ZeroPhone - a Raspberry Pi smartphone

Pi Zero-based open-source mobile phone (that you can assemble for 50$ in parts)

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This is a mobile phone that:

- First and foremost, will be a well-working reliable phone
- Is as open-source as possible *while also being cheap*
- Can be assembled and repaired independently
- Is easy to get parts for
- Doesn't have apps with privacy concerns
- Allows to write your own apps in Python

It costs about 50$ in parts, and all the parts are available on eBay/TaoBao/etc, most of the phone can be assembled with just a soldering iron. User interface is written using Python
and is being morphed into a lightweight phone-tailored UI framework.

A crowdfunded manufacturing run is expected in a month - kits will be available, as well as a small batch of fully-assembled phones. Subscribe to newsletter below!

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  • Modern phones are getting more and more complicated and hardware-packed. Unfortunately, that means they're becoming less modifiable and repairable.
  • Phones are getting more and more integrated. Unfortunately, that means more and more possibilities for manufacturers to lock them down without allowing us to modify them.
  • More and more software&hardware is kept closed-sourced. That means it's harder to learn, experiment and customize your phone.

The factors I've listed (integration, complexity and closed-source) are necessary in the world we're living in, with all the advances in engineering, competition between companies, as well as laws in different countries.

However, what if we could have a phone free from those constraints?

So, ZeroPhone project was born. Nowadays, we should be able to assemble a phone from easily available parts, using cheap boards that run Linux, and we should be able to adjust it to our needs - unlike as it is with modern phones, when we have to adjust ourselves to suit the workflow that the phone offers. With ZeroPhone, hackers can finally have smartphones that are going to work for them and not against them, people with special needs will be able to have to have custom-tailored phones, and people that want to protect their privacy will have a phone that respects that.

Technical challenges are: developing PCBs that'd be reasonably feature-packed, but with easily sourceable components that could be soldered without special tools, as well as developing mobile phone software that'd be open, high-quality and highly modifiable to suit any needs people might have. However, much bigger challenges are - building a community of people experimenting with ZeroPhone platform, keeping ZeroPhone open-source and independent of any harmful influences, and experimenting with new ways of integrating smartphones in our lives without having to lose privacy in return.


  • Raspberry Pi Zero in a PCB sandwich
  • No proprietary connectors, hard-to-get parts or chips that are tricky to solder
  • All the specifications for making this phone yourself will be available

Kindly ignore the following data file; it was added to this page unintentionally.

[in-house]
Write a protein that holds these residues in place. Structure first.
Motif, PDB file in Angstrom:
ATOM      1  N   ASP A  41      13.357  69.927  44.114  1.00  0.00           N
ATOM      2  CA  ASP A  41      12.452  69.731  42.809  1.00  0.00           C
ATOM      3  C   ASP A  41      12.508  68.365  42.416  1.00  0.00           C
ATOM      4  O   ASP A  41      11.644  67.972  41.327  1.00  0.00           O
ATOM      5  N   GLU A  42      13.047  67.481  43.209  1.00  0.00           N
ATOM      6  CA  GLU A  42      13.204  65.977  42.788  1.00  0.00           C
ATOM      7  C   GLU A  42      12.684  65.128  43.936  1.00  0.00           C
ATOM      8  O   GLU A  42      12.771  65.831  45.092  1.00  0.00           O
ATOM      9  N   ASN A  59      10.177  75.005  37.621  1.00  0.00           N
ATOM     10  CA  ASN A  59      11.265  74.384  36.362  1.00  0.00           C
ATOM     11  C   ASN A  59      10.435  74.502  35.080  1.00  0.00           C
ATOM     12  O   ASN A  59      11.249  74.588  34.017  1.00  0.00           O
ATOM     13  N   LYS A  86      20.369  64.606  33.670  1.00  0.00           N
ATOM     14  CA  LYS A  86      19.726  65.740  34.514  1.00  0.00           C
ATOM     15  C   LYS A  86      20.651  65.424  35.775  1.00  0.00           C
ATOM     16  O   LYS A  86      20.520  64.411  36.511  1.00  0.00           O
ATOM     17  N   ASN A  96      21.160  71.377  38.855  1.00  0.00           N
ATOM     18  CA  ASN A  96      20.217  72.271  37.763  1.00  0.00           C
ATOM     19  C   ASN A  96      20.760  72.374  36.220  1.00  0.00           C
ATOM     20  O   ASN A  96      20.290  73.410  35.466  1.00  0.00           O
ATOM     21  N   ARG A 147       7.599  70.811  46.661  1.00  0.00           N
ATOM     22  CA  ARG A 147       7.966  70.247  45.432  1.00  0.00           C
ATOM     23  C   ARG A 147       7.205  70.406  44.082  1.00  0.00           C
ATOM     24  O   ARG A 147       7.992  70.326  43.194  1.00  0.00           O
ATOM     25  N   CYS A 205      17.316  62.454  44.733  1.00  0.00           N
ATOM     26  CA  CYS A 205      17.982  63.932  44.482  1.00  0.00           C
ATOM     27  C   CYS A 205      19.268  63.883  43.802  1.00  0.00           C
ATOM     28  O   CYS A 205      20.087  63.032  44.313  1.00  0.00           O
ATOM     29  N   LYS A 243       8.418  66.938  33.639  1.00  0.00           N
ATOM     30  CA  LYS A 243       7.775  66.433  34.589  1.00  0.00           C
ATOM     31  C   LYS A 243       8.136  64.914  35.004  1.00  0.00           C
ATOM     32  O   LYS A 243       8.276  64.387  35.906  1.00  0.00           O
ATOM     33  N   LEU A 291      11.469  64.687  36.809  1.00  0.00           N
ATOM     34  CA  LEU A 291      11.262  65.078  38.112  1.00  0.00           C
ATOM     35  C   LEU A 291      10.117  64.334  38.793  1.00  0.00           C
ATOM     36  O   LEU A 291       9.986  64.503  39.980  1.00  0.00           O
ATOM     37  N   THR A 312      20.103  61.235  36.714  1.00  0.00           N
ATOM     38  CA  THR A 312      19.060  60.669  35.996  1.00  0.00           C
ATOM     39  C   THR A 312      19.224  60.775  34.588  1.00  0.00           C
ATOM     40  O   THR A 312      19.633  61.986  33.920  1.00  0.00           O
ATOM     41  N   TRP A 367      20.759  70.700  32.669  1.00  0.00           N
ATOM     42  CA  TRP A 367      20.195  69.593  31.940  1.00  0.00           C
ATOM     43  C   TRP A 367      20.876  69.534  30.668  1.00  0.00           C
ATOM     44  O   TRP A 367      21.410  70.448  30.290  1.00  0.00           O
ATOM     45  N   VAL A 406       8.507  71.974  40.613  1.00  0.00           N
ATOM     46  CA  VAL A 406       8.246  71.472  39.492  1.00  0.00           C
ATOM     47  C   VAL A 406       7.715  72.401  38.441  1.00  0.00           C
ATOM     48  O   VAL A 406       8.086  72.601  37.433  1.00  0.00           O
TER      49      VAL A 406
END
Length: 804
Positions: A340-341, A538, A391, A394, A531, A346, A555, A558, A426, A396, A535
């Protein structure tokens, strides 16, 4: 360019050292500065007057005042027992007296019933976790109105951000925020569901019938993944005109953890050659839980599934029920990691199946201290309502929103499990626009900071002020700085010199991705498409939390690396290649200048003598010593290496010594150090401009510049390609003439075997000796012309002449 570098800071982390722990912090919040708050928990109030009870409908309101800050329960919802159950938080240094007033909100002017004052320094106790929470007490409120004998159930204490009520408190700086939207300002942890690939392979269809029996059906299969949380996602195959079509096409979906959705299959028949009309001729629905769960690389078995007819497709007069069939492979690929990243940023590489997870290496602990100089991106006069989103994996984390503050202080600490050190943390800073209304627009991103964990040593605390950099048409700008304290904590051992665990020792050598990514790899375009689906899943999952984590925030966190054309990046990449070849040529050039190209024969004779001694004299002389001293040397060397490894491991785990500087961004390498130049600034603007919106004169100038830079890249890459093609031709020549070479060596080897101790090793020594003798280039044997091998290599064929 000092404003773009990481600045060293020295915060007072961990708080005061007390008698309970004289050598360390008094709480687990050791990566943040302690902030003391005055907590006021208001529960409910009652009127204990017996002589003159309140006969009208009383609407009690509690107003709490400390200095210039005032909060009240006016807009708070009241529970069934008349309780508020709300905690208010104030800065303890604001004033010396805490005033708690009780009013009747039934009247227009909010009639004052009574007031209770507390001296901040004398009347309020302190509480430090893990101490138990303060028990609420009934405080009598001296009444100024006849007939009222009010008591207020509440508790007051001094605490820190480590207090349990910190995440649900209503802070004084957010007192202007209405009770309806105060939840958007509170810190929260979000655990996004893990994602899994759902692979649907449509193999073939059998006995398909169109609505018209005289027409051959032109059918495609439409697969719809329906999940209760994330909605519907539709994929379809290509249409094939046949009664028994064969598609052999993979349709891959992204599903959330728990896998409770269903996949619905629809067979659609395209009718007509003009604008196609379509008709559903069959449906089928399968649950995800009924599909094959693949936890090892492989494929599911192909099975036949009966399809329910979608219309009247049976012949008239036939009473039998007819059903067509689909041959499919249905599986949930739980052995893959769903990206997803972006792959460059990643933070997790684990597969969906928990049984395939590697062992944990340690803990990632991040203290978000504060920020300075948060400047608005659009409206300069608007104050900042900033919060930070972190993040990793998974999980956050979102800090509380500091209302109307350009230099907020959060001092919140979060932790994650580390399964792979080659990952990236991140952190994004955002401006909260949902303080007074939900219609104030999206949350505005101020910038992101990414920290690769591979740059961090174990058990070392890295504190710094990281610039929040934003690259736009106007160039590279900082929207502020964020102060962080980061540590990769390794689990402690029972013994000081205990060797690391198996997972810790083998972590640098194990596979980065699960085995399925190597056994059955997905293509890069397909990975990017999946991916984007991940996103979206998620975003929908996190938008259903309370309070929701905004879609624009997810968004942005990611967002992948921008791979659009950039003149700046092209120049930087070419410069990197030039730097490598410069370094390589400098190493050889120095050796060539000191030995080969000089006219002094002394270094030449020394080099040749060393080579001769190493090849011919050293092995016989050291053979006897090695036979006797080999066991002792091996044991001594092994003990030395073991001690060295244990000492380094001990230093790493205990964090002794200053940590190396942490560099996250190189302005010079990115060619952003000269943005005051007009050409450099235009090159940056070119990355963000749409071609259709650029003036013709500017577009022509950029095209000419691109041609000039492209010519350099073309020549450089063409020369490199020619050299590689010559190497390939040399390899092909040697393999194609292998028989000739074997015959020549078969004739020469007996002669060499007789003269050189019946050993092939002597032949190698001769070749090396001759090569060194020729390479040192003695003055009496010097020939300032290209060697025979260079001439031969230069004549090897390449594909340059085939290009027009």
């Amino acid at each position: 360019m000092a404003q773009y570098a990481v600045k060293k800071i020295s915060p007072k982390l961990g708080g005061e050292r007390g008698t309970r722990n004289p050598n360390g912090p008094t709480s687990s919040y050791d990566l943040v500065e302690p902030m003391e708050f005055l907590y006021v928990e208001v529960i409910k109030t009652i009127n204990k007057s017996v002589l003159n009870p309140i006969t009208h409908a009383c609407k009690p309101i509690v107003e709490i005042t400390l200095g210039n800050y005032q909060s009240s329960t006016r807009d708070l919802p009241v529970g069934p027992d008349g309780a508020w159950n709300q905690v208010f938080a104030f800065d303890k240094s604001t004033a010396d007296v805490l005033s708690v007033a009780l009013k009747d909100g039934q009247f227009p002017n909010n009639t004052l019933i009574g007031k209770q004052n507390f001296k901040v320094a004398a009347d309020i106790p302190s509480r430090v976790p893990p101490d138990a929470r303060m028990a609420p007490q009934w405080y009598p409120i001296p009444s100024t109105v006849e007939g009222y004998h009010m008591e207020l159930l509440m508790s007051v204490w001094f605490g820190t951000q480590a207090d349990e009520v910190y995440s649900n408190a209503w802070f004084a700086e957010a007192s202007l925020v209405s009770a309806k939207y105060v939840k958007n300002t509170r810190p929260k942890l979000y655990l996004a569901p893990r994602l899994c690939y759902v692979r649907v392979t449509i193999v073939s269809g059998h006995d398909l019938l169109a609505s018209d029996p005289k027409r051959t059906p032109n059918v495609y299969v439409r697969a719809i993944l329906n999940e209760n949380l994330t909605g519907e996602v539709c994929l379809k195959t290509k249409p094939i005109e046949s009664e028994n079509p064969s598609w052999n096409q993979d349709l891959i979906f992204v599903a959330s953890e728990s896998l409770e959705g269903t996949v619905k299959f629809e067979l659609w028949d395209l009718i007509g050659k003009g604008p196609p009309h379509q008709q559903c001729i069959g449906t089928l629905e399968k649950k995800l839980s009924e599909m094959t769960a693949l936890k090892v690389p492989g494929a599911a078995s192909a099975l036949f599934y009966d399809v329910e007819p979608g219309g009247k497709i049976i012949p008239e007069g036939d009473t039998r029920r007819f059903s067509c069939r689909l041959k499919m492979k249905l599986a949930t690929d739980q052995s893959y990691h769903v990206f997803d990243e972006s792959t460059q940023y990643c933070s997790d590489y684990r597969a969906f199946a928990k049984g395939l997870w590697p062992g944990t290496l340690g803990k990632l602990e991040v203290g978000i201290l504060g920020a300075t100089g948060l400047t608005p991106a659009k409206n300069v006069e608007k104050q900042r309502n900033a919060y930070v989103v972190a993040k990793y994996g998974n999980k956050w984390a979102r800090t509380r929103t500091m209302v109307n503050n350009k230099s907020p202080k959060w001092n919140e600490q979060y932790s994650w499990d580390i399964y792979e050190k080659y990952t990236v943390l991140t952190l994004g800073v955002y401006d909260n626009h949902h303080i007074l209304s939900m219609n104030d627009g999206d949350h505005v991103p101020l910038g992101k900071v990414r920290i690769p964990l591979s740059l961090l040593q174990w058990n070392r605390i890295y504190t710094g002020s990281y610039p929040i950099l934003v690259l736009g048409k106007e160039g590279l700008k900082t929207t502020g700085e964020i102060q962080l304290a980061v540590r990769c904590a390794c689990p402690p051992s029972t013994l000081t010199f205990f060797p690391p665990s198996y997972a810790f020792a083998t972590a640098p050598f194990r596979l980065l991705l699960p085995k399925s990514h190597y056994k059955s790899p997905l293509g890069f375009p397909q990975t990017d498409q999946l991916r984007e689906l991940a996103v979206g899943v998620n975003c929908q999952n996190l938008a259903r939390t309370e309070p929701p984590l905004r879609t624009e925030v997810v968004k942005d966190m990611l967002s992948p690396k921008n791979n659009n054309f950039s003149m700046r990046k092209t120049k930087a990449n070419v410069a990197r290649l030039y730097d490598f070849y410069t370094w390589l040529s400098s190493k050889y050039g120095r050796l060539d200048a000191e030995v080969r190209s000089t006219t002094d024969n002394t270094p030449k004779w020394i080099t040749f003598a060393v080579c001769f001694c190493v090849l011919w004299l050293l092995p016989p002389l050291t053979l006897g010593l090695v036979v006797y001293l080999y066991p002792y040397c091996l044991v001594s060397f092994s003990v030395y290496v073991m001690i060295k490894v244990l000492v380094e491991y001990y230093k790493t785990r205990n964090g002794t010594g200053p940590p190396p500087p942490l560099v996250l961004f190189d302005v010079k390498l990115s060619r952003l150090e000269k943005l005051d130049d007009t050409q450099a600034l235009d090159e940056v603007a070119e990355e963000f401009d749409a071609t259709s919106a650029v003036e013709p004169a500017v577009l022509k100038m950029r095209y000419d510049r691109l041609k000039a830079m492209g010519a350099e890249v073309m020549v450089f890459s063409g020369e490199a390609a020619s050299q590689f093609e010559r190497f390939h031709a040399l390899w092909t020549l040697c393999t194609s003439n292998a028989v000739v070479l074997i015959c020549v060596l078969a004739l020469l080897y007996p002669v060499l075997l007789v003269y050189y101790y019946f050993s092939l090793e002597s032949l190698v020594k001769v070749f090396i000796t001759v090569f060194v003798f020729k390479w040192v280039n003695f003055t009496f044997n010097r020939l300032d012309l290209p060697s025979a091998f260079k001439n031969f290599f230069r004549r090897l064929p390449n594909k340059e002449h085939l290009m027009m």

• Python as the main language for developing apps (aiming to add other languages later)
  • UI toolkit that makes app development quicker and easier
  • Numeric keypad, 1.3" 128x64 monochrome OLED screen (also supports other screens)
  • 2G modem for phone functions, can be replaced with a 3G modem
  • WiFi (using an ESP8266), HDMI and audio outputs, a free full-sized USB host port and a MicroUSB port for charging
  • GPIO expansion headers for hardware addons and customization
  • RGB LED and vibromotor - for notifications

ZeroPhone Wiki

Interesting articles:


#pyLCI fork used for ZeroPhone is licensed under Apache License

ZeroPhone PCB files and keypad controller firmware are licensed under GPL v3

Original project...

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Latest PCB revision

Zip Archive - 12.32 MB - 10/21/2017 at 14:00


  • 1 × This list is provided for the reference, for sourcing see
  • 5 × Transistors and FETs 2x BC847B, 3x IRLML6401
  • 2 × Diodes 1x 1N4148, 1x SS14
  • 1 × ATMega328P TQFP-32 package, harvestable from an Arduino Pro Mini
  • 1 × 16MHz crystal for ATMega HC-49 or CSTCE, harvestable from an Arduino Pro Mini

View all 27 components

  • 3D design files now available!

    Arsenijs12/30/2018 at 00:10 7 comments

    Hi! So, about the ZeroPhone cases.

    This is one of the most popular questions, on par with the "3G connectivity", "flat battery" and "touchscreen" ones. I'm not the kind of person that'd be good at 3D design, but, thankfully, plenty of people in this community are. During these 2 years, I had a task of making the 3D model of ZeroPhone PCBs - so that people could make a case around it. I kept putting it off, and when I did have time to work on it, it wasn't successful - one of the most important things delaying me was waiting for KiCad 5, with proper STEP support (since VRML support in CAD packages universally sucks, as I've come to understand).

    Finally, we have a 3D model of the ZeroPhone, specifically, the Delta revision:

    It's taken a lot of work - thankfully, early in the project's beginning phase, @Dillon has helped with a lot of 3D models, designing some from scratch and sourcing others from open sources, so I'm immensely thankful for that. Current 3D model also has a lot of Grabcad material - distribution rights of which is questionable, I admit, so here's a list of all the stuff we need to replace. You can download the STEP here, and the STL here.

    Meanwhile. if you want some kind of reference design, here's a downloadable case design for ZeroPhone Gamma by @Ninjalicious  - albeit bulky, it's a viable way to make a case that actually works and holds up, one that's also snap-fit but provides all the vital openings for ZeroPhone hardware. Personally, I'm interested in some kind of lasercut design, but not for the practicality of it - I just like lasercut things =) Before the crowdfunding, if nobody steps up and designs an open-source case, I'll design one myself - to make sure we have something to offer during the crowdfunding.